August 20 2012 by Jason Fogelson
I don't have far to ride today, but I've got plenty to do along the way, so I stoke the boiler with a good hot (free) breakfast at the BEST WESTERN Horizon Inn in Medford, Oregon. I'll be leaving here after staying for two nights, which is one more than my usual on a motorcycle trip. I haven't lost the knack for packing, and I'm ready to ride.
My first stop today is at a location that I'd consider a tourist trap. Not that there's anything wrong with that -- I prefer the term "Roadside Attraction" to "Tourist Trap," actually. The idea of interesting, entertaining flim flam along well-traveled routes reminds me of an earlier time, and the ones that have survived are like time capsules. It takes a lot more to get a traveler to pull off of the Interstate today than it did to get a family to take a detour from the country highway. When I'm not in a hurry, I like to stop at roadside attractions to see if they still hold up in a faster-paced, more cynical world.
I ride along OR-234 to the town of Gold Hill, and follow the signs to the Oregon Vortex. I turn down Sardine Creek Road and ride a few miles until I come to the attraction's entrance. I park the Electra Glide, pay the $9.75 admission fee, and wait for the next guided tour along with 10 or so other tourists.
Our tour guide gives us a one hour tour of the attraction, the highlight of which is the "World Famous House of Mystery," a half-collapsed shack on the side of a hill. The concept of the Vortex is that the property is located at a "spherical field of force, half above and half below the ground." The guide asks us to imagine a tornado or hurricane of magnetic activity, a disturbance in the usually orderly magnetic forces that whirl around the planet. This Vortex results in some highly unusual phenomena, which have been chronicled and described by the Vortex's discoverer, John Lister. The presentation is carefully crafted, and a great piece of theater. If you accept the premise of the Vortex, you can easily nod your way along through the tour accepting every subsequent statement as true, and by the end of the tour, you've been convinced (and convinced yourself) that you're seeing people change relative sizes depending on where they stand within the Vortex. I enjoy going along for the ride, keeping my cynicism in check and letting my eyes trick my brain for a little while. It's fun, and for a tourist trap -- I mean roadside attraction -- it delivers as promised.
I climb back on the Electra Glide, happy to have escaped the Vortex with all of my magnetic qualities unaltered, and ride on to Grants Pass, population 34,000. I called ahead to the BEST WESTERN Grants Pass Inn to request early check-in today. Because I'm a member of Best Western Ride Rewards as a Harley-Davidson Owner, I've been accumulating reward points at an accelerated rate over the years. I've achieved Platinum Elite Level thanks to all the trips I've taken this year, and on occasion, it comes in handy when making a special request. I need to check in early so that I can change into clothes for my next activity.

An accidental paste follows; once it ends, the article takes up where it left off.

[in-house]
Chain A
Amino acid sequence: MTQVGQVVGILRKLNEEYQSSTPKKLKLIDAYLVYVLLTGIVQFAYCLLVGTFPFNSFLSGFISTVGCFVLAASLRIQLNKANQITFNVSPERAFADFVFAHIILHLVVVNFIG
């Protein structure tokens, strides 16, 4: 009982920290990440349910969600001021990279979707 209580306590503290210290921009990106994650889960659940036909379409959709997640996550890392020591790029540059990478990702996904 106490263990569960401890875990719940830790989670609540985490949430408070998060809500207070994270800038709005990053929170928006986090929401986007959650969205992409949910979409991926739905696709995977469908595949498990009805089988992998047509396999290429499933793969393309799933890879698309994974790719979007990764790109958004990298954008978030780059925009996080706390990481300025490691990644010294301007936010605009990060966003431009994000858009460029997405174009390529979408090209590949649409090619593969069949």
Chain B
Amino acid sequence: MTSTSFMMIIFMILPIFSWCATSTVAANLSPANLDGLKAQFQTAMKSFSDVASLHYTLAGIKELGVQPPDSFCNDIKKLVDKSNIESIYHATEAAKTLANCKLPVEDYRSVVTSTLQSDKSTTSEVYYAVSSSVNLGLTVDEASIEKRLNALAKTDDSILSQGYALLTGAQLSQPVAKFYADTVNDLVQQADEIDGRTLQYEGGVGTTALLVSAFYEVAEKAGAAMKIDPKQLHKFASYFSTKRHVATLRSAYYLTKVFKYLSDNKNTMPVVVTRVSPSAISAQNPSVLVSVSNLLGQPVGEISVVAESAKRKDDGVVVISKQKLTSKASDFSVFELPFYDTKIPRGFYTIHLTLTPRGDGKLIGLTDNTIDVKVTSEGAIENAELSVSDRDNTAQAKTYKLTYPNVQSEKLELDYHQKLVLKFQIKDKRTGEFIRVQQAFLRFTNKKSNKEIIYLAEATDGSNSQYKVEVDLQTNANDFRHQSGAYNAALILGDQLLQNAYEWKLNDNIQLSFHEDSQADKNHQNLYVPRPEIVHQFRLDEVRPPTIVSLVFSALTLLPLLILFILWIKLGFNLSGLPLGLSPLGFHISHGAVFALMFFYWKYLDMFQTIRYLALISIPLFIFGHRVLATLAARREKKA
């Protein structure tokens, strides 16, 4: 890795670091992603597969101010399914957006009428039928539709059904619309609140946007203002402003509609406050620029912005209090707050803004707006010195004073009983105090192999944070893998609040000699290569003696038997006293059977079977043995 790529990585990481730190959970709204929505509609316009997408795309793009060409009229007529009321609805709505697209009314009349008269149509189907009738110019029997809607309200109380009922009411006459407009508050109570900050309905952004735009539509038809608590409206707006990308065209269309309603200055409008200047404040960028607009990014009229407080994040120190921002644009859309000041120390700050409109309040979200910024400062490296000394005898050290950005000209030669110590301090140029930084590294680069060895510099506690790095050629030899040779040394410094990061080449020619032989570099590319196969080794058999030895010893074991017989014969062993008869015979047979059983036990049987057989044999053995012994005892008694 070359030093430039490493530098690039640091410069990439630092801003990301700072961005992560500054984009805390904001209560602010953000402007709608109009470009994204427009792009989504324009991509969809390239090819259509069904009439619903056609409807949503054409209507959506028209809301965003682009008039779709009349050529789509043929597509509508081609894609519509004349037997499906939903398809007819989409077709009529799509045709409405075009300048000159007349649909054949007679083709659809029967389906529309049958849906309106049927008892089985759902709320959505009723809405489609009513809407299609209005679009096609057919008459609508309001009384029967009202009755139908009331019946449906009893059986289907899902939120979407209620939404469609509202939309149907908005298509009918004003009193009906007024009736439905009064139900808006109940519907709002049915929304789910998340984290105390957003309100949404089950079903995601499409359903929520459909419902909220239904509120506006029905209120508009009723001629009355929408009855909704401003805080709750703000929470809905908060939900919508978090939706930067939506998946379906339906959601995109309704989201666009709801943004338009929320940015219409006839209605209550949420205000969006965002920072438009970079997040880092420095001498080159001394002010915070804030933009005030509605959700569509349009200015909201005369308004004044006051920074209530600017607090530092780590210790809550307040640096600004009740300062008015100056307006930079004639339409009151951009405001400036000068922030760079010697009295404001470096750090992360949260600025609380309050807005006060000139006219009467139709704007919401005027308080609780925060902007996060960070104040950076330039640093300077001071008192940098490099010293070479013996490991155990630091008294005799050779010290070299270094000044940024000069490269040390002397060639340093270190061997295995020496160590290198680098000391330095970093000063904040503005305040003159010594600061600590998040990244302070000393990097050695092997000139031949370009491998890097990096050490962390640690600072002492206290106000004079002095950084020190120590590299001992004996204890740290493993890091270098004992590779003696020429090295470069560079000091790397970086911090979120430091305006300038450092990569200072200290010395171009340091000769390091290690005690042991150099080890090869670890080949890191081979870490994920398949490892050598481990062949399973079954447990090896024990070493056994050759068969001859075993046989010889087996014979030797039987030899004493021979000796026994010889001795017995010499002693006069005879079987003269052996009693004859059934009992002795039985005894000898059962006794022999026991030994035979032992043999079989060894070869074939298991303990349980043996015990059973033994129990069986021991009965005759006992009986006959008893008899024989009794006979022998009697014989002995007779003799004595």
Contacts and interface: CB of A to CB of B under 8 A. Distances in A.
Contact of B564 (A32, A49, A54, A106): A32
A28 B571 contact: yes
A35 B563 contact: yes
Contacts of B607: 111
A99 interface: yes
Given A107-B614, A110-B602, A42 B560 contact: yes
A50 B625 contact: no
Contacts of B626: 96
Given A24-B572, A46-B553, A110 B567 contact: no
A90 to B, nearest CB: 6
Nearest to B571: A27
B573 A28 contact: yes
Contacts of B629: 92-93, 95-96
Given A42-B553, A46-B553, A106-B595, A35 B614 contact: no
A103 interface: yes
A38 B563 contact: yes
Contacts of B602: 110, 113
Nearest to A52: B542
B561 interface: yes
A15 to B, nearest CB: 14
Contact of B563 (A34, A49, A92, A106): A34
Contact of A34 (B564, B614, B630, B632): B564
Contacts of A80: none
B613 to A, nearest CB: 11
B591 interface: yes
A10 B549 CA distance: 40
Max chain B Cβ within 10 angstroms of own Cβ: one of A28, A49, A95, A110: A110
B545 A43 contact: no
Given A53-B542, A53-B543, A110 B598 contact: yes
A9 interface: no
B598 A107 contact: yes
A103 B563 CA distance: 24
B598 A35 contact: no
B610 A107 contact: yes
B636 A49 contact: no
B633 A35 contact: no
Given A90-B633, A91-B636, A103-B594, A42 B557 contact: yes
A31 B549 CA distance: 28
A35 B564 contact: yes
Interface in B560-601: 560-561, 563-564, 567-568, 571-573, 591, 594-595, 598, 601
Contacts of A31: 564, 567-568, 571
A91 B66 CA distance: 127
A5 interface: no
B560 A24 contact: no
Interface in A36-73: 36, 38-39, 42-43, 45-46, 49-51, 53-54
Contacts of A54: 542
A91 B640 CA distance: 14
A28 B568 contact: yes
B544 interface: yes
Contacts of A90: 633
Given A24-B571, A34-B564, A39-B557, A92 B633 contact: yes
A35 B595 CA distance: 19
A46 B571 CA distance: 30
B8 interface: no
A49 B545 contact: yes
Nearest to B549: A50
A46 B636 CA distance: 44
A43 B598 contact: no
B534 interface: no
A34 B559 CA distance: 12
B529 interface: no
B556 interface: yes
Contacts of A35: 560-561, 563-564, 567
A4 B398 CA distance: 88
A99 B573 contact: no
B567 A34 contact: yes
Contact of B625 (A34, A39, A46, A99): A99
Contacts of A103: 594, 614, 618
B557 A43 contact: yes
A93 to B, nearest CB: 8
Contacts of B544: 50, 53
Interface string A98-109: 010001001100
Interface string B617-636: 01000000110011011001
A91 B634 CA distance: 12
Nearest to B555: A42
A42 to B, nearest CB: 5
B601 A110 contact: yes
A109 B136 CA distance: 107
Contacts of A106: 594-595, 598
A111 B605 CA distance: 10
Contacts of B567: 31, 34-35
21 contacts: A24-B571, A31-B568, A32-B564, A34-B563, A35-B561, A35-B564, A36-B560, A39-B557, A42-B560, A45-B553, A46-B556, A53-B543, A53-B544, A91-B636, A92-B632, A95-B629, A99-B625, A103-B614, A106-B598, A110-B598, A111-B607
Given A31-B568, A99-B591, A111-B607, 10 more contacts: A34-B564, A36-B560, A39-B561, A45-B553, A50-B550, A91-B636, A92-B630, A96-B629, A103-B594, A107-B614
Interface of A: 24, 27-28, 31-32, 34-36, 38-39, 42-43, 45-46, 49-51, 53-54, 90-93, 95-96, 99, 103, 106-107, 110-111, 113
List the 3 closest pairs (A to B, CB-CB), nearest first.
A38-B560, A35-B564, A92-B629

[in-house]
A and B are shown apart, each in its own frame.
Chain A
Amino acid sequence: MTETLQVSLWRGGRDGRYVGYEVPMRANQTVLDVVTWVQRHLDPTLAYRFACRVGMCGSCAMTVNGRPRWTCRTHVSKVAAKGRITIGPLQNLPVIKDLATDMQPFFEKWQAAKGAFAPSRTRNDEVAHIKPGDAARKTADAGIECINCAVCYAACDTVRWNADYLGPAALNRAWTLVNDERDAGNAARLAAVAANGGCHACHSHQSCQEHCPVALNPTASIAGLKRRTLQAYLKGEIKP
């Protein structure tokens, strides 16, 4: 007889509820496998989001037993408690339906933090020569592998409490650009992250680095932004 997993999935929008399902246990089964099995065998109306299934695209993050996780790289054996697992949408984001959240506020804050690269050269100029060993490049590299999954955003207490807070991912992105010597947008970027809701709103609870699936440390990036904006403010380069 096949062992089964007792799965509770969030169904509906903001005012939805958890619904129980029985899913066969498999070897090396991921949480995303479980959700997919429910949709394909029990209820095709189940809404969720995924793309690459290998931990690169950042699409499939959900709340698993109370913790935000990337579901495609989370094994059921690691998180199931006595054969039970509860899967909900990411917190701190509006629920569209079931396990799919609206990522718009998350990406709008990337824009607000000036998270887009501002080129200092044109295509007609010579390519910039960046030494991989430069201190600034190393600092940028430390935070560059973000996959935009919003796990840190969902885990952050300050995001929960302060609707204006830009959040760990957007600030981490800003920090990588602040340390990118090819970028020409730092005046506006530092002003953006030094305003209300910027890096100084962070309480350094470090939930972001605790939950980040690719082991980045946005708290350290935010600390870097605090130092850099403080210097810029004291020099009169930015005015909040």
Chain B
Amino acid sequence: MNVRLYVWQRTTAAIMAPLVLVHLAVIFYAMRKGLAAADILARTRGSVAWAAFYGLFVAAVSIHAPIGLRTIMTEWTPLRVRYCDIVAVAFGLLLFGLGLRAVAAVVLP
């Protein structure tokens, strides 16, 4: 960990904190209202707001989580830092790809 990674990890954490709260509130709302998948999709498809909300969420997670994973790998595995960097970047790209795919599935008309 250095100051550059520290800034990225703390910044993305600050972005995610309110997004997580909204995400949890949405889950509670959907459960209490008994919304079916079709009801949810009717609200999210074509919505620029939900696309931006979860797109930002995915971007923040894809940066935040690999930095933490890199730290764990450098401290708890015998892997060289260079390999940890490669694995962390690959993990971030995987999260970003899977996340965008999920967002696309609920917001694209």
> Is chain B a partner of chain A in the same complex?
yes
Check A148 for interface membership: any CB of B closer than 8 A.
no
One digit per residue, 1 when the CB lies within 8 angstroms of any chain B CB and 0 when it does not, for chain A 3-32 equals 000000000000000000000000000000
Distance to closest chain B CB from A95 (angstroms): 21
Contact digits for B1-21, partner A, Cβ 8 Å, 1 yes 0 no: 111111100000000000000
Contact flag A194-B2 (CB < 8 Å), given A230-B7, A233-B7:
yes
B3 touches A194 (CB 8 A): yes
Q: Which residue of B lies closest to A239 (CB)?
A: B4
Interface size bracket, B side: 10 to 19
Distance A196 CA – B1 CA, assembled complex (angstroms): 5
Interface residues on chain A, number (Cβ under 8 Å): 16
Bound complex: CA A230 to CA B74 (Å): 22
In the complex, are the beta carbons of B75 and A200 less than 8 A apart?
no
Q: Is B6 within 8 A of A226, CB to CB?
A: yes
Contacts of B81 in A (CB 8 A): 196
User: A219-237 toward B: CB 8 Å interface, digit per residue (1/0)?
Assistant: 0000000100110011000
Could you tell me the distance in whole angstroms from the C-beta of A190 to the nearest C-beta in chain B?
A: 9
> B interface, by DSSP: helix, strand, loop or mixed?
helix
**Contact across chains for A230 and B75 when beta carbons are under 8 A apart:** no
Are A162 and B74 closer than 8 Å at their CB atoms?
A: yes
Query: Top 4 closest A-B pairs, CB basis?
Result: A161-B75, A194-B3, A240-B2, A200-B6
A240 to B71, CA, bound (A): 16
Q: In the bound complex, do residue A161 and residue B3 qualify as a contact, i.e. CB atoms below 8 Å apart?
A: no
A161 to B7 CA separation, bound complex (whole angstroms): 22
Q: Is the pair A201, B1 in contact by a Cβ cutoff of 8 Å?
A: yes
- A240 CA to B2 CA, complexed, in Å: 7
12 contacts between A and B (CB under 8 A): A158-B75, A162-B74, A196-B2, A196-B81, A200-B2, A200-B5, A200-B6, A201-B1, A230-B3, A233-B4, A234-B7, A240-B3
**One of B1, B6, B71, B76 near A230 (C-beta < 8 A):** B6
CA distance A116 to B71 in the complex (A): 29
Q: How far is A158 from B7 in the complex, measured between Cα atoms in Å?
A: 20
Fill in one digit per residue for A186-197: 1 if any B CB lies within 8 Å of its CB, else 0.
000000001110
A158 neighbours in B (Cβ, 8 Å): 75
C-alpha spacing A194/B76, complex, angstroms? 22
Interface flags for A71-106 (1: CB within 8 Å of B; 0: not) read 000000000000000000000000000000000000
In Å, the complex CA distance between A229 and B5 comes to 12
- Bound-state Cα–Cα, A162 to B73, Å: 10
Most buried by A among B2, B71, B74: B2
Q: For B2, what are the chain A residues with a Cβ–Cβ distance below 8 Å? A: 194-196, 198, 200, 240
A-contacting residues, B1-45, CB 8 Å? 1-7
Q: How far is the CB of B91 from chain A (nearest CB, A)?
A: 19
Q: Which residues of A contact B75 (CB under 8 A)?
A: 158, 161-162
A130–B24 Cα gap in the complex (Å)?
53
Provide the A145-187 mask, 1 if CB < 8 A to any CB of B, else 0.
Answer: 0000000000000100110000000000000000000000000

The front desk is incredibly helpful when I check in. They have area maps with very clear directions for the local attractions, and are happy to give me a specific plan about how to get through town to my next destination. I love it when people are good at their jobs, and enthusiastic about their home towns.
I unload my gear, pack a change of clothes in the TourPak, and ride through downtown Grants Pass to the Rogue River and Hellgate Jetboat Excursions. I have made a reservation for a "2-hour Quick and Scenic" day trip, the quickest (and least expensive) of the Hellgate tours at $39. I park the bike, strip off my riding gear to reveal a bathing suit and some Crocs. I take my point-and-shoot camera in a Ziploc plastic bag and head to the dock for my 1:45 pm jetboat ride.
The jetboat is powered by three Chevrolet V8 engines that push the propeller-less boat along the water's surface. At speed, the jet boat can travel in water that's just inches deep. The boat I'm on carries about 50 passengers in 10 rows of 5 passengers each. The pilot/guide sits on an elevated platform at the rear of the boat, and maintains an informative, entertaining narrative as the boat glides down the Rogue River toward Hellgate Canyon. We see some great riverfront homes as we fly through Grants Pass. Soon the banks of the river turn more rural, and we see wildlife, including several deer, turtles, osprey and even a few bald eagles. The ride is a blast, as the pilot/guide is an expert, and the boat achieves breathtaking runs of speed. The boat drifts sideways as we follow the bends of the river, and the pilot can execute spectacular spins, dips and dives that have everyone on the boat laughing and soaked to the skin. Good thing I brought a bag for my camera. We reach the point where the river becomes a Class 2 rapid, then turn back and retrace our route to the Grants Pass dock. I'm not a fan of thrill rides, but I loved this jetboat experience. It was like a rollercoaster on the water through nature, and I felt completely safe despite the high speeds and the boat's acrobatic maneuvers. It's a total blast! Two hours pass very quickly, and before I know it, I'm struggling back into my motorcycle gear and riding back to the BEST WESTERN Grants Pass Inn.
The front desk recommends a favorite local restaurant for dinner: Wild River Brewing & Pizza. Of course -- this is Oregon, so it must be beer time. I have a delicious hand tossed European-style pizza and some salad, and I grab a bottle of Wild River Honey Wheat to take back to the room.
Today was a day full of mystery and adventure. I've got just one more full day of riding ahead. The Wild River Honey Wheat Beer helps me get to sleep quickly.
Miles Ridden: 55.6
NEXT: Central Oregon Motorcycle Trip, Day Six/Seven: Grants Pass to LaPine, Bend and Home Again